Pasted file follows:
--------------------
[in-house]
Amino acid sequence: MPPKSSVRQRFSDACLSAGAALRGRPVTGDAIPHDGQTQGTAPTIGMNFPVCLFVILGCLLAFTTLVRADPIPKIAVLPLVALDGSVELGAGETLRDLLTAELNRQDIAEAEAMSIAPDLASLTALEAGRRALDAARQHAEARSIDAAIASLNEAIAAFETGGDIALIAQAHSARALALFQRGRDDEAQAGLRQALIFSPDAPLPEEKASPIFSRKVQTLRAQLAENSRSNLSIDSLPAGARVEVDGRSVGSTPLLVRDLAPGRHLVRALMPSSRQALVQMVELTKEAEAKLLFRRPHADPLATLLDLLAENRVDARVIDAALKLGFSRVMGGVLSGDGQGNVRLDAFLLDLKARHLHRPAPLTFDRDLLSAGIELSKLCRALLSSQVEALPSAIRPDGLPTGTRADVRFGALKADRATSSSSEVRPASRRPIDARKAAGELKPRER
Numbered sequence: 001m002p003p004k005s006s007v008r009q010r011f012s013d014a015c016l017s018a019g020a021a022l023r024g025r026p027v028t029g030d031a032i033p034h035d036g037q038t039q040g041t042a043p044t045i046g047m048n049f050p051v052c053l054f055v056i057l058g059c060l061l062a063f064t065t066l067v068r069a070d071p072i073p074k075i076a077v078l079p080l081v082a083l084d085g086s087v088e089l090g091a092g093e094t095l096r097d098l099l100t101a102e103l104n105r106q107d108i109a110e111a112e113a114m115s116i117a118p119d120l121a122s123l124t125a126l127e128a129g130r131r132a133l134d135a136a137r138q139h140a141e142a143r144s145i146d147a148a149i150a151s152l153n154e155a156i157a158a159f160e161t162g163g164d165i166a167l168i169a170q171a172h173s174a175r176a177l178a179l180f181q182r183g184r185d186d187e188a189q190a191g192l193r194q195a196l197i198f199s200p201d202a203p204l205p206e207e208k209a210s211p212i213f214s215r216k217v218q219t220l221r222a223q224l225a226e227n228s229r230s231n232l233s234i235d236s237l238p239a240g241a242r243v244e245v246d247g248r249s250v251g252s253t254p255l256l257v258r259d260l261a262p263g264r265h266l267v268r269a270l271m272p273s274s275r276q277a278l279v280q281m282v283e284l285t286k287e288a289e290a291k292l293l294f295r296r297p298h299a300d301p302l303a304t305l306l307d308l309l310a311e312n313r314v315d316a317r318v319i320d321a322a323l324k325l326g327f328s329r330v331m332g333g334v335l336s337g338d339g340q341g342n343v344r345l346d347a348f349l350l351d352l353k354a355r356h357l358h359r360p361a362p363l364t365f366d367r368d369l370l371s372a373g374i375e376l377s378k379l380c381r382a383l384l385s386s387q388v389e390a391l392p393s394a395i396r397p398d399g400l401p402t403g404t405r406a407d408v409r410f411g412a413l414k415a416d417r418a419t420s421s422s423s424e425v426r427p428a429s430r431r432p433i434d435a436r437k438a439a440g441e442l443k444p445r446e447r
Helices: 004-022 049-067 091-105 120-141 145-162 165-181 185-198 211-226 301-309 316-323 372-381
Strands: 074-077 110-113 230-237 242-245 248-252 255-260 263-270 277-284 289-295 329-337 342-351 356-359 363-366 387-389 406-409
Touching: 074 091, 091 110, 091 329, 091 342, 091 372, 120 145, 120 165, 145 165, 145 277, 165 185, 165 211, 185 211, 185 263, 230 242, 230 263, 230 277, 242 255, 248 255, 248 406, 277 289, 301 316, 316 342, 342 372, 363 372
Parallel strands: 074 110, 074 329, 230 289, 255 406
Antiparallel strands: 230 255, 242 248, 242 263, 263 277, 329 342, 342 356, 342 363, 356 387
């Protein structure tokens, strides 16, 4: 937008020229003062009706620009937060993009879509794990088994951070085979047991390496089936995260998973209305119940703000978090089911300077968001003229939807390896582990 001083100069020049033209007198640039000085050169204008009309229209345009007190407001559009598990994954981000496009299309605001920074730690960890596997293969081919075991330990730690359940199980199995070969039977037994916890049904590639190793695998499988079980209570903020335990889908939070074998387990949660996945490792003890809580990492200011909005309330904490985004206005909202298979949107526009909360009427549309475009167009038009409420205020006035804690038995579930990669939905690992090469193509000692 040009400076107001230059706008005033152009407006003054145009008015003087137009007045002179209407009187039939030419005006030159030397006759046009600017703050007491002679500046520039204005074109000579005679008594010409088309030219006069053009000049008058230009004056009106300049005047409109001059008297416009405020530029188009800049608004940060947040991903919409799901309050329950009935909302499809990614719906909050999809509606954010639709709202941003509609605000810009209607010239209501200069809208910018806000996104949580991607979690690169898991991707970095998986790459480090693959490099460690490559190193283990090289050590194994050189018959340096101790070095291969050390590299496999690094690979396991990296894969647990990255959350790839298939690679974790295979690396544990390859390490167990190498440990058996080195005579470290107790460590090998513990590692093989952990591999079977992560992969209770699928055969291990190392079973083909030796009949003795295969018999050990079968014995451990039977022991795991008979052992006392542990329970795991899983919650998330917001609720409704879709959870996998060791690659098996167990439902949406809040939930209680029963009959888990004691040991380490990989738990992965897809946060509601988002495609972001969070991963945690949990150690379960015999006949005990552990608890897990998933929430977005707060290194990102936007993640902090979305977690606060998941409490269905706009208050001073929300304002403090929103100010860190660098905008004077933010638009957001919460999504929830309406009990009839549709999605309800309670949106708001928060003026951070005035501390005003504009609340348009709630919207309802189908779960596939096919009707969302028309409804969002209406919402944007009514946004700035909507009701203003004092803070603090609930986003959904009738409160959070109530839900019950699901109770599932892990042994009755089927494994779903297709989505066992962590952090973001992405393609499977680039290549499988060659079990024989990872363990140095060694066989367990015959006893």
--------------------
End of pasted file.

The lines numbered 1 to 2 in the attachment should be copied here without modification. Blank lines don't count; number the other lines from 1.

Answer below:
[in-house]
Amino acid sequence: MPPKSSVRQRFSDACLSAGAALRGRPVTGDAIPHDGQTQGTAPTIGMNFPVCLFVILGCLLAFTTLVRADPIPKIAVLPLVALDGSVELGAGETLRDLLTAELNRQDIAEAEAMSIAPDLASLTALEAGRRALDAARQHAEARSIDAAIASLNEAIAAFETGGDIALIAQAHSARALALFQRGRDDEAQAGLRQALIFSPDAPLPEEKASPIFSRKVQTLRAQLAENSRSNLSIDSLPAGARVEVDGRSVGSTPLLVRDLAPGRHLVRALMPSSRQALVQMVELTKEAEAKLLFRRPHADPLATLLDLLAENRVDARVIDAALKLGFSRVMGGVLSGDGQGNVRLDAFLLDLKARHLHRPAPLTFDRDLLSAGIELSKLCRALLSSQVEALPSAIRPDGLPTGTRADVRFGALKADRATSSSSEVRPASRRPIDARKAAGELKPRER